One rule that always works is the direct camera positioning rule. The camera should not be tilted in any direction. Considering that architectural / interior photography uses ultra wide angle optics, which will give tangible geometric distortions when blocking in one direction or another. There are very rare exceptions when staircases or individual elements of rooms are removed with a tilted camera.
Almost all modern cameras have a built-in horizon indicator, allowing you to accurately level its level.
How many walls to remove?
There are recommendations that you need to shoot no more than two walls in the frame. One or two walls in the frame allow avoiding distortion, but on the other hand, they do not give complete information about the whole room. Therefore, you need to balance here.
When you capture 3 or even 4 walls of one room at a wide angle, you give the viewer the opportunity to create a complete impression of the room from one photo at a time. This is important for renting out premises. If you shoot for designers interiors, it is often not necessary to use the widest angle and it is really better to show 1-2 walls in the frame and make more accents on individual elements of the interior.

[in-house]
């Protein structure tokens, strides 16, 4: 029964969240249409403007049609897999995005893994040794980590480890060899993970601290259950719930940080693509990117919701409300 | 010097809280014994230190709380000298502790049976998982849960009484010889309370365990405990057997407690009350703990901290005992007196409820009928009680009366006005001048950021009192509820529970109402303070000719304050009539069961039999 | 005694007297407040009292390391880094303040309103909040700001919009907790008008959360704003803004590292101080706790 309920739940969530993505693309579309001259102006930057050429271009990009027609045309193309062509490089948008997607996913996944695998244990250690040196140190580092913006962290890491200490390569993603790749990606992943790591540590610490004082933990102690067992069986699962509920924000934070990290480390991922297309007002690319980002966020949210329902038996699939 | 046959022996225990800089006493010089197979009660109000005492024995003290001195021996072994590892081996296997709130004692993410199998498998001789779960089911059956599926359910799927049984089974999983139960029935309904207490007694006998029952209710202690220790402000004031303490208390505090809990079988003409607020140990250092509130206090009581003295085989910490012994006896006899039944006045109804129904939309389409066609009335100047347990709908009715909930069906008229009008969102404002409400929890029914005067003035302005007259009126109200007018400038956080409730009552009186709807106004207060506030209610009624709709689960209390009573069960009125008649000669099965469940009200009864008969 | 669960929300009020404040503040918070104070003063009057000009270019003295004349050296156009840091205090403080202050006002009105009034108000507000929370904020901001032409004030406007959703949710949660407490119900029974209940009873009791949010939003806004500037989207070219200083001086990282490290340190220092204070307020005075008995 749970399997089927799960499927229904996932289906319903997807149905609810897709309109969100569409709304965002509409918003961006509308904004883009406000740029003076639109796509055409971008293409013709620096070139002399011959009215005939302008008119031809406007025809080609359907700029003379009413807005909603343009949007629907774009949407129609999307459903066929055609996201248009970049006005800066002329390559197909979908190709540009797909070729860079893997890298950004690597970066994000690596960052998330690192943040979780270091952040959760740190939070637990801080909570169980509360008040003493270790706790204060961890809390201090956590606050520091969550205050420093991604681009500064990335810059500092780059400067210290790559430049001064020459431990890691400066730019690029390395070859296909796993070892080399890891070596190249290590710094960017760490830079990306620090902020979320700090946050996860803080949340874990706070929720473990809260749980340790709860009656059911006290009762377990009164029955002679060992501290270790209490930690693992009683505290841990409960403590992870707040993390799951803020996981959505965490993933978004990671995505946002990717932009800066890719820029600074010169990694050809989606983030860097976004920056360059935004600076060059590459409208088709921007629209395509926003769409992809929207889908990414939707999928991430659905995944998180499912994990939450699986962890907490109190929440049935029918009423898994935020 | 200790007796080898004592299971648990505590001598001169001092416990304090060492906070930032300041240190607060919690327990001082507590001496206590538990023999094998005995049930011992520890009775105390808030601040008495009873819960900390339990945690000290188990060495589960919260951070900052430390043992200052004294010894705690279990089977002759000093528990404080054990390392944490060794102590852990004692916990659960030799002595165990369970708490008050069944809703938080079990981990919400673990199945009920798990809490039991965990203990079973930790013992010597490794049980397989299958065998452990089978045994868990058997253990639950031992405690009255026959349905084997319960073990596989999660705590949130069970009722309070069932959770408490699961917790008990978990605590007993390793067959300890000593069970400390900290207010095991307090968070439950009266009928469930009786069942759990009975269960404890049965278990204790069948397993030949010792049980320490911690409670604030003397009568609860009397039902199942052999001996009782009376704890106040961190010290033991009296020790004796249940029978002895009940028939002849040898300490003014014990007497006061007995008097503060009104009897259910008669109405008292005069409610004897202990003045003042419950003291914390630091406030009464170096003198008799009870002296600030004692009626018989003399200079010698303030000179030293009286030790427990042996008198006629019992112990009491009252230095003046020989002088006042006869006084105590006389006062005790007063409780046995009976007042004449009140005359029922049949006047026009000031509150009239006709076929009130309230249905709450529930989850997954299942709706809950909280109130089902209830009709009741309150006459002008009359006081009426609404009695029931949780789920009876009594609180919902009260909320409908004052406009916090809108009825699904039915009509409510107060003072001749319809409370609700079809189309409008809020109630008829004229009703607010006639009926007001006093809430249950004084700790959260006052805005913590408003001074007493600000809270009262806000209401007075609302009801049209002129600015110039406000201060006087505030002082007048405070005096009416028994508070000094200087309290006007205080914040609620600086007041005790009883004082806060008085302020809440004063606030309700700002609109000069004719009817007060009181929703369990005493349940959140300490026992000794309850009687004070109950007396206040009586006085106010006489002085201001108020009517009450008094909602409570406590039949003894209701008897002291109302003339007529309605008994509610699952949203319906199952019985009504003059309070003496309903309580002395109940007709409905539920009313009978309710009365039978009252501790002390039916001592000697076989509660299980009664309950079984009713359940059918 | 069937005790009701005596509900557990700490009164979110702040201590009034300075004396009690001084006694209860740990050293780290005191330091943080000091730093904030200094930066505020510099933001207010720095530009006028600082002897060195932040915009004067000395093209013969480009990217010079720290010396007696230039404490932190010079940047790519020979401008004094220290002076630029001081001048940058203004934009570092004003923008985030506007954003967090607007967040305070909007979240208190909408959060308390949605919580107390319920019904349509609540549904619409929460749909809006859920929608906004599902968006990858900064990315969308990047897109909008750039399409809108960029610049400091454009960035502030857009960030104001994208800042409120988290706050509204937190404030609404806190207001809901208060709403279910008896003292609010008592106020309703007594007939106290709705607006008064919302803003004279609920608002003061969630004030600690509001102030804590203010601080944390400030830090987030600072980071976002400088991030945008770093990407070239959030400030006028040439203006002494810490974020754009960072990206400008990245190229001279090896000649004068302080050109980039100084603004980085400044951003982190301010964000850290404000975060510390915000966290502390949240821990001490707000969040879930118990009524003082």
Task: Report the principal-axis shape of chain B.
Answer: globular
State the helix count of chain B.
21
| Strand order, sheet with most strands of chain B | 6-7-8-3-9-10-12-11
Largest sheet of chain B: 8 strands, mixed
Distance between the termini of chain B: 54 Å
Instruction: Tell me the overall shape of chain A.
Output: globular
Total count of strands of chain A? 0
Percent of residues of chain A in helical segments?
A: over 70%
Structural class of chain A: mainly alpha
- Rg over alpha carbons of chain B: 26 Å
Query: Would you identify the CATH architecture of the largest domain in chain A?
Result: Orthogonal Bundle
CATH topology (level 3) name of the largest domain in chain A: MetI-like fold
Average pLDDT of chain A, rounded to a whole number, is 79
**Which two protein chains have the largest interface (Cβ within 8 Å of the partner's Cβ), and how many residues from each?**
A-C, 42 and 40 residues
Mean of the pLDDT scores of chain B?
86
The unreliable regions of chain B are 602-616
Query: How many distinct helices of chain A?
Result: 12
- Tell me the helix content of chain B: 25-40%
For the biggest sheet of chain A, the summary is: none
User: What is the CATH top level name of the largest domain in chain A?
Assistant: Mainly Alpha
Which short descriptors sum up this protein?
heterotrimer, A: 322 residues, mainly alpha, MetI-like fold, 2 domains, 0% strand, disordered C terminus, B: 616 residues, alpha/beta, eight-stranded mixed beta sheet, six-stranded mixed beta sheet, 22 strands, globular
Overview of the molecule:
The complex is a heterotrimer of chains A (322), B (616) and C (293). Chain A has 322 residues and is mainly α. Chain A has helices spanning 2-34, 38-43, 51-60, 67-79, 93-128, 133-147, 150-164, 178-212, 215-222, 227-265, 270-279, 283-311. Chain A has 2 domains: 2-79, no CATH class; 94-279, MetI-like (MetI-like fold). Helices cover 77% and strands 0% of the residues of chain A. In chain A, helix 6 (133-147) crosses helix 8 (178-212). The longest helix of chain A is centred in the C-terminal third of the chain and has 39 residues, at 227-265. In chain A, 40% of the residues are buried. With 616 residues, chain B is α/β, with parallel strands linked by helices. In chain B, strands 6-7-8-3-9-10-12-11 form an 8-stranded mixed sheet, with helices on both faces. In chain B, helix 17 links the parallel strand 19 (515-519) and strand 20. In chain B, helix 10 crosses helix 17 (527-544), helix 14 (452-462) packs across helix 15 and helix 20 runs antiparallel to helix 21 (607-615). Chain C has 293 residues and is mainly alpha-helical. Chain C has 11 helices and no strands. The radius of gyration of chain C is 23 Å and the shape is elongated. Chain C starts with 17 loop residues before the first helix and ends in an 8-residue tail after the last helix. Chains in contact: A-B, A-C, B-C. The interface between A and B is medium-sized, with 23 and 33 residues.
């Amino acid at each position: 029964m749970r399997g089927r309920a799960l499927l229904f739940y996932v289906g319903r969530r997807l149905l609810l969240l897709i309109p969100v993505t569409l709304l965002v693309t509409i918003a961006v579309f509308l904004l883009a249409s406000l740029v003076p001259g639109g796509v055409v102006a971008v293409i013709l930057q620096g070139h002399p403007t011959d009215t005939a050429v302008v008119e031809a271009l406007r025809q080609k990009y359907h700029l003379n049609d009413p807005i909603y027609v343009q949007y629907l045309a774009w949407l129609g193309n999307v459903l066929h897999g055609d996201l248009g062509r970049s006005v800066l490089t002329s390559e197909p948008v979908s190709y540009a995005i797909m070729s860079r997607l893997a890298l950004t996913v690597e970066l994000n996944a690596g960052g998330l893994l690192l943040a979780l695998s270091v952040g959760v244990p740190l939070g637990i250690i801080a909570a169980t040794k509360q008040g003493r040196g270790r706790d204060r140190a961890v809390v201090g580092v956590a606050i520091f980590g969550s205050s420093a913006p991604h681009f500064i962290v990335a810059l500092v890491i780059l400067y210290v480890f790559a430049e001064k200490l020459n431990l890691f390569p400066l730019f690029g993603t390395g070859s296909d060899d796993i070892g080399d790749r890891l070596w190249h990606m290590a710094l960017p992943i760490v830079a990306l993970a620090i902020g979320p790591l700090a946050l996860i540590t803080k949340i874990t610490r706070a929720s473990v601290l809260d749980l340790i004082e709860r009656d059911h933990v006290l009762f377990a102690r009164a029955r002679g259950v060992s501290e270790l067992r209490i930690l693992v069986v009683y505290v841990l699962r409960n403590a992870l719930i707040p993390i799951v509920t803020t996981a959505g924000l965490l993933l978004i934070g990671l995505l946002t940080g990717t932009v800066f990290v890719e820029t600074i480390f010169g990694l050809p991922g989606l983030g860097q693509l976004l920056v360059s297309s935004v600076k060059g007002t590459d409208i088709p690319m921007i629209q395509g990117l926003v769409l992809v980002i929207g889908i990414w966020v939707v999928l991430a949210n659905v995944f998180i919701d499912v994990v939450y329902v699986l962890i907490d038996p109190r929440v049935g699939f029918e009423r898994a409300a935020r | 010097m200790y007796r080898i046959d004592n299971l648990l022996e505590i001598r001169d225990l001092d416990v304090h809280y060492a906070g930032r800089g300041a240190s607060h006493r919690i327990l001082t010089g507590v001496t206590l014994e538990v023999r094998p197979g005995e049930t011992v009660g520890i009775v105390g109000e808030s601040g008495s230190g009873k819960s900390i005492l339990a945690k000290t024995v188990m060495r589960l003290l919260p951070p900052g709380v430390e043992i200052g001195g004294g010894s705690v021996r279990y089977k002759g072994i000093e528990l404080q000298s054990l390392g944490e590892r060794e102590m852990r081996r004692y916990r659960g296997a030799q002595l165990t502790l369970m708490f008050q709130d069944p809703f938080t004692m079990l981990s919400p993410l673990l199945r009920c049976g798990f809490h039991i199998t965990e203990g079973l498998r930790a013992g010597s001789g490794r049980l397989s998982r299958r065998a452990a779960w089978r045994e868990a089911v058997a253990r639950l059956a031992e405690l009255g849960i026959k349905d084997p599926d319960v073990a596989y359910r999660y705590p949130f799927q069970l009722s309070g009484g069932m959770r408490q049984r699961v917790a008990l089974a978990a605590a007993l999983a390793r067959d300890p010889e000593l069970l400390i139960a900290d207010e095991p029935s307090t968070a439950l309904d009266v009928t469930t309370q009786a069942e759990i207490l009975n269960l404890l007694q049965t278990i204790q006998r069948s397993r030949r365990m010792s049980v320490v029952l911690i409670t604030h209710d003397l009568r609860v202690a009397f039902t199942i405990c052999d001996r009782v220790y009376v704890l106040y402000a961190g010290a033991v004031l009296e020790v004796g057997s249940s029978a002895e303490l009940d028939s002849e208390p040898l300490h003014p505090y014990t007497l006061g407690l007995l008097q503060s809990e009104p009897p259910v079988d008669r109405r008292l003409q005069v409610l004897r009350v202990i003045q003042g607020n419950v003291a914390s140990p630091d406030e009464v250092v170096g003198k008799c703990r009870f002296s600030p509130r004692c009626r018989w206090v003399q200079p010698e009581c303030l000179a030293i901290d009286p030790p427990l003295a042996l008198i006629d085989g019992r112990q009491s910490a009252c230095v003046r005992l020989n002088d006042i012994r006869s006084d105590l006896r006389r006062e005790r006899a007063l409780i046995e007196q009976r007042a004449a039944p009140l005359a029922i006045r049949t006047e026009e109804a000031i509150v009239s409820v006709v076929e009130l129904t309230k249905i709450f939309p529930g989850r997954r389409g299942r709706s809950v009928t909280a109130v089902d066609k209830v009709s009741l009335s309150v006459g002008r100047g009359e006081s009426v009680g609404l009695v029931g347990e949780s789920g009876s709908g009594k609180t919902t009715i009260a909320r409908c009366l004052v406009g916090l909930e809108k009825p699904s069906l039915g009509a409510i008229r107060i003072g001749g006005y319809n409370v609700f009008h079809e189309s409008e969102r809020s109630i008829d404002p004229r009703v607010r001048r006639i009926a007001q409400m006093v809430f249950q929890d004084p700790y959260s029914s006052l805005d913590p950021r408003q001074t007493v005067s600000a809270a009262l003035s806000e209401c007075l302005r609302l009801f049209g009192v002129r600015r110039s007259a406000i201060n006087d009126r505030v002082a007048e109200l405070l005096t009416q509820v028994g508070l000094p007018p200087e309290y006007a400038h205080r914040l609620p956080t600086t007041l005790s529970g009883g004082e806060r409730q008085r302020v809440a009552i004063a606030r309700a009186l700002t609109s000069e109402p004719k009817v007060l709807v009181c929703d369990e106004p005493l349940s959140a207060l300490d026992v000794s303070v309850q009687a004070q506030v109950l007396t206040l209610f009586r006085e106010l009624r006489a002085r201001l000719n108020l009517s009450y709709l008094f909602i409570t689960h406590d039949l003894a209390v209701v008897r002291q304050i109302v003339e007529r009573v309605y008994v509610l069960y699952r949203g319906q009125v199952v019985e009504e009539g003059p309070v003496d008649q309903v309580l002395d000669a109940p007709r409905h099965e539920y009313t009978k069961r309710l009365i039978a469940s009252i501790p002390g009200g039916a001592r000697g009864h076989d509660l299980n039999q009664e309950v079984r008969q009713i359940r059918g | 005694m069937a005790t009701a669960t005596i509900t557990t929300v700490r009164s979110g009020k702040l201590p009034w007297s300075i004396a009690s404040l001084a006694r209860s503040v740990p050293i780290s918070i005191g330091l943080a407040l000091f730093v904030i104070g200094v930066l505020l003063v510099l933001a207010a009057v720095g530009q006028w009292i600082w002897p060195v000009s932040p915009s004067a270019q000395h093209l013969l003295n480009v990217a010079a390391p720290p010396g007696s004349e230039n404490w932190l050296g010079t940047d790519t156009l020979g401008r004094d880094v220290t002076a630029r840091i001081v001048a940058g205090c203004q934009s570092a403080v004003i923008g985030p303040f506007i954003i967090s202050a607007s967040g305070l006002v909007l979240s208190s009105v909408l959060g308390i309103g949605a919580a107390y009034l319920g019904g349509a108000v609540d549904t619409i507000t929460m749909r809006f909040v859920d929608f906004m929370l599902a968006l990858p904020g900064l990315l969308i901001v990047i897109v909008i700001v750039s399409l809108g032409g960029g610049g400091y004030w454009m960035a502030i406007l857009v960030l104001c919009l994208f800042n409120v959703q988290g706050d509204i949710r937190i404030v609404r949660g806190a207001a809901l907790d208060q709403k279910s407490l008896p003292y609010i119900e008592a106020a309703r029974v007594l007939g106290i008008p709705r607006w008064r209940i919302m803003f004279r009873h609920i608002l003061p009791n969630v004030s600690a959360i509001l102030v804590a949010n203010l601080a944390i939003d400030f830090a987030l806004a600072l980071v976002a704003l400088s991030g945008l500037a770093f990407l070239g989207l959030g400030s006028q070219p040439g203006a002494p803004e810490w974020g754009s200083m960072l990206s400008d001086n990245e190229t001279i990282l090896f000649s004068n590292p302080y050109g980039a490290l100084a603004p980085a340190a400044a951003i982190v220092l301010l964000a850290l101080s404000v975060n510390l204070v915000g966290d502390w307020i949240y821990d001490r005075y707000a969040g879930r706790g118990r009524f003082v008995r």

Playing with focal lengths
The optimal focal lengths for shooting interiors are 16-24mm at full frame, 10-16mm on crop cameras or around 23mm on medium format... Cameras on the system micro 4/3 for such purposes it is better not to consider at all. However, a lens with full frame 14mm is also a frequent tool for such tasks. When capturing details, 24-70mm full frame optics will come in handy. But the main tool will be a 16-35mm lens or 17-40mm.
You need to be very careful when using the flash on occasion. The use of additional artificial light must be justified. After all, you will bring into the interior something that was not there without you and will not be there. Flash completely justified for filming storage rooms, corridors, office premises, where for some reason there are no bulbs.
The flash can be used as additional fill lighting for ordinary rooms, but it must be done very carefully.
Setting the White Balance Correctly
Often times, interior photography takes place under mixed lighting - artificial light inside a room is mixed with light from a window. For this reason, the photographer must be very accurate in setting white balance... Of course, BB is now easily corrected when processing raw files in the editor. However, it is better to place it correctly already in place.
I described the main nuances of shooting interiors here. But this is only half the battle. Next is the stage post-processing.
In more detail about the processing and shooting of interiors, I talk in the following videos:
By the way, these videos were filmed at different times, you can see how it changed my technique.